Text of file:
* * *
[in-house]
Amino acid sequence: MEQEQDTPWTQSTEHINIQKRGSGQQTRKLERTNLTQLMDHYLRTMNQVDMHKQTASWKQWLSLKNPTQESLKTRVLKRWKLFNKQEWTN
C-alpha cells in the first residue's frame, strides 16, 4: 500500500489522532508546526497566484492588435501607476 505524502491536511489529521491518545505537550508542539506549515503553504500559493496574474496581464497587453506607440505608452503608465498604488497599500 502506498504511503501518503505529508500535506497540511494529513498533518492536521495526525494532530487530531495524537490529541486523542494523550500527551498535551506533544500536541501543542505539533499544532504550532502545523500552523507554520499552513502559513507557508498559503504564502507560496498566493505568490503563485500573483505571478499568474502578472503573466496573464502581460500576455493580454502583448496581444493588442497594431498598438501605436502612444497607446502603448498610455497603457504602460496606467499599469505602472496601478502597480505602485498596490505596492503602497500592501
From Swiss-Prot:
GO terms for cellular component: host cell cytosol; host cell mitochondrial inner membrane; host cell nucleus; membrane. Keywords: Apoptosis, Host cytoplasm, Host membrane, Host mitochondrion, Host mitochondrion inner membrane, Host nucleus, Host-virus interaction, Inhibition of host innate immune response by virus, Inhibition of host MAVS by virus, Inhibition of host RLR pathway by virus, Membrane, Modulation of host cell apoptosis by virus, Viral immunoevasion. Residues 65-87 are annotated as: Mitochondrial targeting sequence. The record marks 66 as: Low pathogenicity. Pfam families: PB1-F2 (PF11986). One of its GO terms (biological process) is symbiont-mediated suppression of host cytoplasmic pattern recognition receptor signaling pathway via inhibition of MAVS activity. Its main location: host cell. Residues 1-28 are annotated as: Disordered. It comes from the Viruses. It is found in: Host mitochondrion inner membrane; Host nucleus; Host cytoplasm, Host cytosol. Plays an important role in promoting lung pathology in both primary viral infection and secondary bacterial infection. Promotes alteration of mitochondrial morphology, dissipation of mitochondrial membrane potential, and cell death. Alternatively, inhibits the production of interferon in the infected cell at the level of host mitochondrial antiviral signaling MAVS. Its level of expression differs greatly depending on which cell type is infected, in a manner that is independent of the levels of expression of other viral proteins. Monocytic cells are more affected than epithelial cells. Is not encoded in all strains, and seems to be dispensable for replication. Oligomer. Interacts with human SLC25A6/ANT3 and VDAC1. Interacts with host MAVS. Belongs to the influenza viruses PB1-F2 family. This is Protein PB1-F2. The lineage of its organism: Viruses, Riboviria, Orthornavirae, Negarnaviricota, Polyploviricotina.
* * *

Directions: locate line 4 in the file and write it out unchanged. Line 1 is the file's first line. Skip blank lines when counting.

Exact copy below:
From Swiss-Prot: